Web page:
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common name for Australian passerine birds named for the appearance of the tail plumage of the male superb lyrebird, Menura novaehollandiae, when displayed during courtship. There are only two species. The superb lyrebird, about the size of a rooster, is brown above and ash below. It has a long, pointed bill, a longish neck, and large, strong legs and feet with which it runs swiftly. The Albert's lyrebird is smaller. Lyrebirds are shy, solitary forest and scrubland dwellers. They seldom fly; at night they roost in trees. Their diet consists of insects, worms, and land crustaceans and mollusks. The frame of the lyre, which develops when the male is three years old, is formed by the two long (2 ft/60 cm), curved outer tail feathers; the "strings" between are lacy white quills. The lyre position of the tail is assumed only fleetingly during the courtship dance, which is performed on a mound of earth scraped together by the male. This dance is accompanied by elaborate vocalizing, the birds being excellent mimics as well as distinctive singers. The female lays her single egg in a bulky domed nest built on or near the ground. The lyrebird appears on the seals and stamps of Australia. Lyrebirds are classified in the phylum ChordataChordata
, phylum of animals having a notochord, or dorsal stiffening rod, as the chief internal skeletal support at some stage of their development. Most chordates are vertebrates (animals with backbones), but the phylum also includes some small marine invertebrate animals.
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, subphylum Vertebrata, class Aves, order Passeriformes, family Menuridae.



any one bird of the family Menuridae of the order Passeriformes. The body and tail lengths together measure 75–130 cm; the wings are rounded. The tail of the males has two uniquely curved feathers that resemble a lyre (hence the name “lyrebird”), 12 lacey plumes, and 2 ribbon-like feathers. The plumage is loose and brown-gray, and the legs are strong, with blunt claws. There is one genus, Menura, with two species—the superb lyrebird (Menura novaehollandiae) and Prince Albert’s lyrebird (M. alberti). Distributed in southeastern Australia, these birds were imported to Tasmania in 1934. Lyrebirds live in hiding in dense forests. They sing well, mimicking the songs of other birds and various other sounds. The breeding period begins in the fall (March-April), when the males engage in mating games. The roofed nests are built solely by the females on the ground, in the clefts of rocks, or in trees. In June or July (rarely later) the female lays one egg, the size of a hen’s egg, which she incubates for approximately 45 days. The nestling has sparse black down on its back. The lyrebird feeds on insects, mollusks, and seeds, which are gathered from the ground by scratching the forest floor.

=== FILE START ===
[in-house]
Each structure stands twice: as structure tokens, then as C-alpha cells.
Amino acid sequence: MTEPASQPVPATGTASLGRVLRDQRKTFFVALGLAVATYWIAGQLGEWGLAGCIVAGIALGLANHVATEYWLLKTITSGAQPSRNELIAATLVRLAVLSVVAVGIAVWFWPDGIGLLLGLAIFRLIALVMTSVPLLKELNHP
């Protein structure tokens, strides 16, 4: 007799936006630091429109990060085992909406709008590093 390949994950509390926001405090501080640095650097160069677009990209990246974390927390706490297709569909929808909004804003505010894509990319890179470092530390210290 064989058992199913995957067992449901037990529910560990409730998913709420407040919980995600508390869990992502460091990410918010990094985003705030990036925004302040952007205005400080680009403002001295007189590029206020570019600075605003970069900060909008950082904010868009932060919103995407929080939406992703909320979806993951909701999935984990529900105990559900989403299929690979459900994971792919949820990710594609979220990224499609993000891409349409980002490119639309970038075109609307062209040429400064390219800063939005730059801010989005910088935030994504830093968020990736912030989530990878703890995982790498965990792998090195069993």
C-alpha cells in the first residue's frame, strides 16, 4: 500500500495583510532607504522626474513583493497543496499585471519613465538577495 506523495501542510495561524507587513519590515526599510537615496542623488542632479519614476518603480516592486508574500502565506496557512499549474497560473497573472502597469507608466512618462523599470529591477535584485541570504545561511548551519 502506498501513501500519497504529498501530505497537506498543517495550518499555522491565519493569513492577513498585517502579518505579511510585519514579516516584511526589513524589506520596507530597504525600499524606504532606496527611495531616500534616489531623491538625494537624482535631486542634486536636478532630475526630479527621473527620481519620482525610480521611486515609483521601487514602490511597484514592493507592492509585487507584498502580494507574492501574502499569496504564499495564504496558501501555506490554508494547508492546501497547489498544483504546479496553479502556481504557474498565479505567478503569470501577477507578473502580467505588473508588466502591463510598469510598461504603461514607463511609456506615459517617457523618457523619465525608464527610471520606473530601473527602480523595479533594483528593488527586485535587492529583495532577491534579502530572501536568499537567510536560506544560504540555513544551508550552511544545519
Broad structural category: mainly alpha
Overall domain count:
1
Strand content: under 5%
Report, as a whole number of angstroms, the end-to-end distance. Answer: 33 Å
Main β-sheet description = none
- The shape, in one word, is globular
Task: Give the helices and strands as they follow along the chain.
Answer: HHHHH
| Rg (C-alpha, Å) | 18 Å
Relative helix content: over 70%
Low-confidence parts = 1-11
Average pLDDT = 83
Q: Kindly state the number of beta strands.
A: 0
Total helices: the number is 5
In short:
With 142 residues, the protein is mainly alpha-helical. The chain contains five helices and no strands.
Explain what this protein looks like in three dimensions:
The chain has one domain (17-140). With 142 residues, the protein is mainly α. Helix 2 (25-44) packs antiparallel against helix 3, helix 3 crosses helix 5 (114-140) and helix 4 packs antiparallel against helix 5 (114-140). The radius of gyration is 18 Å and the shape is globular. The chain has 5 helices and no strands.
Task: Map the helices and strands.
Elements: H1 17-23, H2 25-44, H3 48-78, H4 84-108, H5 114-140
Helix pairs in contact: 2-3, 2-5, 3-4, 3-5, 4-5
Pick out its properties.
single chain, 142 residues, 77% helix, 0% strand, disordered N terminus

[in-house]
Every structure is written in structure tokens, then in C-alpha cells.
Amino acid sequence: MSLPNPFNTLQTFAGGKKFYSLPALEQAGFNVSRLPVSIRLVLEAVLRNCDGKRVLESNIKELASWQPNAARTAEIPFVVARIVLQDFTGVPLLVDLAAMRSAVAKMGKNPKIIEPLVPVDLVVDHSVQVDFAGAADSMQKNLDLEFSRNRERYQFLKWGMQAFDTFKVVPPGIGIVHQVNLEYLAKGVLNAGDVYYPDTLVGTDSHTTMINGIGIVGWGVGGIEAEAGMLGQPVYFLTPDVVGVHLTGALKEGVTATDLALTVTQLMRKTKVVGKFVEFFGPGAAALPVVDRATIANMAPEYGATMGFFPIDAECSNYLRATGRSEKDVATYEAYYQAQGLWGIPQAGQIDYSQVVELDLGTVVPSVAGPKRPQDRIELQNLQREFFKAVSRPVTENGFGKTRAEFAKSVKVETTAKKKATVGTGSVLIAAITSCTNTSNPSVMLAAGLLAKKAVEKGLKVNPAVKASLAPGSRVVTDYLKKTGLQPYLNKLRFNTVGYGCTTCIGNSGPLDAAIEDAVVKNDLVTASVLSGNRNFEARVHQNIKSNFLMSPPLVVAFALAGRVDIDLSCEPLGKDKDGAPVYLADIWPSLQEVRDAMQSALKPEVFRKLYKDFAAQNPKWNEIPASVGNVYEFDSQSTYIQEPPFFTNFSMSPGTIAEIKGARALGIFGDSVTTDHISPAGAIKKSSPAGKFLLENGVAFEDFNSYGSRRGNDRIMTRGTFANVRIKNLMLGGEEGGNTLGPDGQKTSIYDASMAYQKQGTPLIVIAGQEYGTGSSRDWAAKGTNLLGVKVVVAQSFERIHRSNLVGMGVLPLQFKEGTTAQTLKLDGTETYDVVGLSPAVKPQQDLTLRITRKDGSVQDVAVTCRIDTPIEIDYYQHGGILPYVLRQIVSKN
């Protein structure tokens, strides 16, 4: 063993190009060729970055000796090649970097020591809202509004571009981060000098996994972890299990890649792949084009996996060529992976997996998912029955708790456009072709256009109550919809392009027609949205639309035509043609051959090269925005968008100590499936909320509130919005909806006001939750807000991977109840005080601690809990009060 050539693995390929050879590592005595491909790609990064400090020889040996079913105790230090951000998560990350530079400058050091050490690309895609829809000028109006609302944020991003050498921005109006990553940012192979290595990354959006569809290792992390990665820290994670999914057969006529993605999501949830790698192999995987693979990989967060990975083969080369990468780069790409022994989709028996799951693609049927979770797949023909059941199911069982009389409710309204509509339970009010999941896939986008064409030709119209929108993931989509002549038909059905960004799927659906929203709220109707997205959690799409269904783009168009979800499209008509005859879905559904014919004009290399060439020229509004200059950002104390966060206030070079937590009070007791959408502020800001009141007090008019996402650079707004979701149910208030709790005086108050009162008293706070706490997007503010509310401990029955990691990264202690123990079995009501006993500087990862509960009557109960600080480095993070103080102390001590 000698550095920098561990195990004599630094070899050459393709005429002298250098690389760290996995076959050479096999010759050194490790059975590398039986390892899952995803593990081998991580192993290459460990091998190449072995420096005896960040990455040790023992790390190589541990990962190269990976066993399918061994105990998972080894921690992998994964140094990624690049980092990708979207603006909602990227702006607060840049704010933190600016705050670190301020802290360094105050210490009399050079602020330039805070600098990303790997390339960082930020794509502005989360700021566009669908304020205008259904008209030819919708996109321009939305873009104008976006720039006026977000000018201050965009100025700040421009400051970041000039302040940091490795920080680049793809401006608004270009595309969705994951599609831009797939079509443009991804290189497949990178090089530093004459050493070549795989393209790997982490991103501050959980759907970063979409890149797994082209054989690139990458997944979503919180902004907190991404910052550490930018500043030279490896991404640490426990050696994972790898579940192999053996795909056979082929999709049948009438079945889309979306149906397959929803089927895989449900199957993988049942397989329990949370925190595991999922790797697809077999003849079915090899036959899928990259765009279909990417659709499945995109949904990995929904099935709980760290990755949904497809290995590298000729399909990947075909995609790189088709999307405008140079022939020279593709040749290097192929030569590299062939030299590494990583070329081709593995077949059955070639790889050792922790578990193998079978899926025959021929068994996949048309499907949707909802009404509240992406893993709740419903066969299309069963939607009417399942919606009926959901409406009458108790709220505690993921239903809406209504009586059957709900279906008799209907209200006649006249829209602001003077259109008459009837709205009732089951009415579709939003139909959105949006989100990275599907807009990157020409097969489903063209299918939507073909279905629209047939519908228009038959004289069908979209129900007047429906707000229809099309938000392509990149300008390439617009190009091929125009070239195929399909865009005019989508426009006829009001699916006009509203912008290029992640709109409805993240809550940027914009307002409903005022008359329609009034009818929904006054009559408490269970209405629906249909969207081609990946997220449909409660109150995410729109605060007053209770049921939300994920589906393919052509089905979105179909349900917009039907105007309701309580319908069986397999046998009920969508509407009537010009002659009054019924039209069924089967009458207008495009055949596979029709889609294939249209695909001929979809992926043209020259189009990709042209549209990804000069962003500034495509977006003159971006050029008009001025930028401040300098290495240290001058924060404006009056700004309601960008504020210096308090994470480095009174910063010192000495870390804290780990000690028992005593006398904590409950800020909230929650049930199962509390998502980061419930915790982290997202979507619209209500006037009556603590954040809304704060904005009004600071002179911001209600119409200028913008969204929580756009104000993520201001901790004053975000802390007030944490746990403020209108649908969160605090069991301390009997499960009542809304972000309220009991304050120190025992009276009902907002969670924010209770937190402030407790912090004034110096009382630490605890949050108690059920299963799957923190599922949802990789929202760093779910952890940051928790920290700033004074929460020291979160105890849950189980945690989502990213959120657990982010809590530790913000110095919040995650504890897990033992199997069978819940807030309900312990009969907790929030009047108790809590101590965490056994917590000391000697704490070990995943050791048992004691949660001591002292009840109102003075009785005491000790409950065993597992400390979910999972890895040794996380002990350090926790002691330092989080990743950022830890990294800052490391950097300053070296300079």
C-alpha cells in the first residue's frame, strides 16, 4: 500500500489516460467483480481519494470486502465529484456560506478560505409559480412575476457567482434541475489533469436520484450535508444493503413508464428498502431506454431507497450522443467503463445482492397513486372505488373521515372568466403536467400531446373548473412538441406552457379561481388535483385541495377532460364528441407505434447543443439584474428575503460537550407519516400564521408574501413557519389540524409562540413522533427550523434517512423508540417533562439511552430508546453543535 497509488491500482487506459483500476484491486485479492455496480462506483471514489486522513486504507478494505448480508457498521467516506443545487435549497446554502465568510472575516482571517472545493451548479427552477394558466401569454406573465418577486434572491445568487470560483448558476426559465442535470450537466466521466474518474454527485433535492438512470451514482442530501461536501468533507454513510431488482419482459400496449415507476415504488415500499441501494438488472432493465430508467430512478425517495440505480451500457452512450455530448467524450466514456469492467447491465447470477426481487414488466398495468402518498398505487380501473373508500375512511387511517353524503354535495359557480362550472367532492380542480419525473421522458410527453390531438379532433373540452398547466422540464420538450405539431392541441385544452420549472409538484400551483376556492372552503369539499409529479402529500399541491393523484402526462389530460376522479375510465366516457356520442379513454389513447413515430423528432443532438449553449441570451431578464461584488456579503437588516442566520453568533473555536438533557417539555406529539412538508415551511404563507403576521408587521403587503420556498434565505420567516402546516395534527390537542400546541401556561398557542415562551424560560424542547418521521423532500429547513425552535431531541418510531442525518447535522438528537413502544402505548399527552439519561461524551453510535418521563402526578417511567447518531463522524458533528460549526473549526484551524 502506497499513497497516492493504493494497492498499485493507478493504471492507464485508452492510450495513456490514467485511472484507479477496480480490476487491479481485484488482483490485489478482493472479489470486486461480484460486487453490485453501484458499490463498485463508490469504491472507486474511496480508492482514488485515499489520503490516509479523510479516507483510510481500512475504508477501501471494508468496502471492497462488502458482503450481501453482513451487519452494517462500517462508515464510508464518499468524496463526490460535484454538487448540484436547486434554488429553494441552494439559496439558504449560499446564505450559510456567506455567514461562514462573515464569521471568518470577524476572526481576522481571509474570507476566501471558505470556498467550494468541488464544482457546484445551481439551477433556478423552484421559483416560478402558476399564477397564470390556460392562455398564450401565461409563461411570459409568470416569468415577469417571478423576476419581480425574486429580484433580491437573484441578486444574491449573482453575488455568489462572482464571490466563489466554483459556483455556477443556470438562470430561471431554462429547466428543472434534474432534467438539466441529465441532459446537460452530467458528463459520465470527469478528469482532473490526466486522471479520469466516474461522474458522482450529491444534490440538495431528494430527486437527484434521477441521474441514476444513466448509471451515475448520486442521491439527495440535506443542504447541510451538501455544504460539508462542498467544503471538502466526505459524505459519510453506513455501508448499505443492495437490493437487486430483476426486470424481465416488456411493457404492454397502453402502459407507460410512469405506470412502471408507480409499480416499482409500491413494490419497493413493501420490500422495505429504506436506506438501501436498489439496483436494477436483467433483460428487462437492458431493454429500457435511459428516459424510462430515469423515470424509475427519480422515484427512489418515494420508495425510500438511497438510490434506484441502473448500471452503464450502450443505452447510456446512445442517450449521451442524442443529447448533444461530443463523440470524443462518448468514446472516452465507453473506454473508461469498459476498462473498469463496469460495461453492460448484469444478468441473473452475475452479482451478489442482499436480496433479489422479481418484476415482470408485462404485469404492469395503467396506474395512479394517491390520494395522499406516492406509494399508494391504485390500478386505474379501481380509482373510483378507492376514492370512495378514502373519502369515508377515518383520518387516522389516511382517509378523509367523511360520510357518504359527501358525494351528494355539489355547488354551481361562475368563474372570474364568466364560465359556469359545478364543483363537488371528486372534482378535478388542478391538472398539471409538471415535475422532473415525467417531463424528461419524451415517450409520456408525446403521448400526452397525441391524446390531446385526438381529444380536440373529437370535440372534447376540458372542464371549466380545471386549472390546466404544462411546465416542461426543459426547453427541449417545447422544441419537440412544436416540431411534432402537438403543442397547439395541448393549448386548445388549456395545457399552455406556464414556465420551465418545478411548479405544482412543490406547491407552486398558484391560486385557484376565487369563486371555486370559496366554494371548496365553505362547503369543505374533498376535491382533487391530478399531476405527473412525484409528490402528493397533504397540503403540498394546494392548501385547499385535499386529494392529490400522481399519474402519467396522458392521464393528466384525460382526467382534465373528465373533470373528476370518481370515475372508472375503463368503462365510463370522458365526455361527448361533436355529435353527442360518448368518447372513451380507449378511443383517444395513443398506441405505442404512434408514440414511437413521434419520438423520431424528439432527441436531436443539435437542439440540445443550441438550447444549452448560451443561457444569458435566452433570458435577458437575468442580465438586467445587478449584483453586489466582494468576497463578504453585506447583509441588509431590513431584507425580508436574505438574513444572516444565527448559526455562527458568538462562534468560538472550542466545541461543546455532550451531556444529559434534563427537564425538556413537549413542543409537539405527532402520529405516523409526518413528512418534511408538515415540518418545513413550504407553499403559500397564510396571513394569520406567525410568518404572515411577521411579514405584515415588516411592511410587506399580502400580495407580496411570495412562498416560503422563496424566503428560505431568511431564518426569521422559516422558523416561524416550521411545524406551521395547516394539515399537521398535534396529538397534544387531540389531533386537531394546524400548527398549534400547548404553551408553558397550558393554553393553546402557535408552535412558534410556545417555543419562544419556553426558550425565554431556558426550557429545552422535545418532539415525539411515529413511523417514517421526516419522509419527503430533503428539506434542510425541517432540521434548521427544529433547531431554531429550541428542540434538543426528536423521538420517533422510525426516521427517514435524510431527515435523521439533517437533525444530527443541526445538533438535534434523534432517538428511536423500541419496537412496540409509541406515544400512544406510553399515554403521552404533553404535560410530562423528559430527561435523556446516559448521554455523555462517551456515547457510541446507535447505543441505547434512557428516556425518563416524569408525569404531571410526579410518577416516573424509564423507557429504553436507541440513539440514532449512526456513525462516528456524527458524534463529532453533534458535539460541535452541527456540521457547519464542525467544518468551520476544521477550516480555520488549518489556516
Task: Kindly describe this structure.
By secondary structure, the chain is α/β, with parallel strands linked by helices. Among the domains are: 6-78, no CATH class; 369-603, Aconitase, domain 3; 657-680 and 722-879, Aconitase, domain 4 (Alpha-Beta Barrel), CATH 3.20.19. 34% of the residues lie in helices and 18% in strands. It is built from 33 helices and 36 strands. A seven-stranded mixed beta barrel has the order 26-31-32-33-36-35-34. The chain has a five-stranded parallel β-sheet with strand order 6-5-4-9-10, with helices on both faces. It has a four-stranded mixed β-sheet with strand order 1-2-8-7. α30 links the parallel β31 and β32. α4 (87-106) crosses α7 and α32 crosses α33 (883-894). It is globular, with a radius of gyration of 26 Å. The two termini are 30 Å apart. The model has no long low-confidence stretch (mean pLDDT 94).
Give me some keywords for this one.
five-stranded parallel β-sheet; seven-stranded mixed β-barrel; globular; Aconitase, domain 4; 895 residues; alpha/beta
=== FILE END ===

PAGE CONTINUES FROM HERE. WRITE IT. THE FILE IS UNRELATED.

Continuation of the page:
Australian bird; one of the most famous mimic species. [Ornithology: Sparks, 116]
See: Mimicry


either of two pheasant-like Australian birds, Menura superba and M. alberti, constituting the family Menuridae: during courtship displays, the male spreads its tail into the shape of a lyre
References in periodicals archive ?
A detailed description of the press is found in chapter 11 of Davidson's Lyrebird Rising, 218-60.
His portrayal of my protagonist, lyrebird James, is exquisite; every filamentary feather just so, and without a hint of anthropomorphism, he has imbued James with cheek and charm.
Still, the male lyrebird sings, dances, and performs every single day--all day--of its winter life.
Although some birds learn to sing in a matter of weeks, it takes an Albert's lyrebird at least six years to successfully learn this song.
No such fantasy of adventure attaches to Cupcake, although his story ends more disastrously than Roland's since he does not have the last word: Lyrebird does.
He sold his stuffed tanagers, his lyrebird, his Quetzal; sold his six hawkbill tortoise shells, the pearl in the shape of a pig, the skull of a wistiti.
Protected natural areas are there to protect biodiversity and act as refuges for wildlife -- in the case of Springbrook National Park, for threatened species such as the Albert's lyrebird.
The interactive experience is inspired by the Australian lyrebird and tells a story full of sounds and colours.
Each story has its own voice - whether it's a lyrebird in an Australian forest, a person who has passed away or the baby of a phantom pregnancy.
The author's lyrical analysis positions the role of the lyrebird as the quintessential Australian mimic of place alongside French post-structuralist Jacques Lacan's psychoanalytical view of mimicry as 'harmonizing .
This beautiful picture book relates a series of encounters in the 1930's between a gardener, Edith Wilkinson, and a superb Lyrebird in the Dandenong Ranges in Victoria.
com/ Lyrebird Victoria, Australia: Lyrebird Press, The University of Melbourne http://www.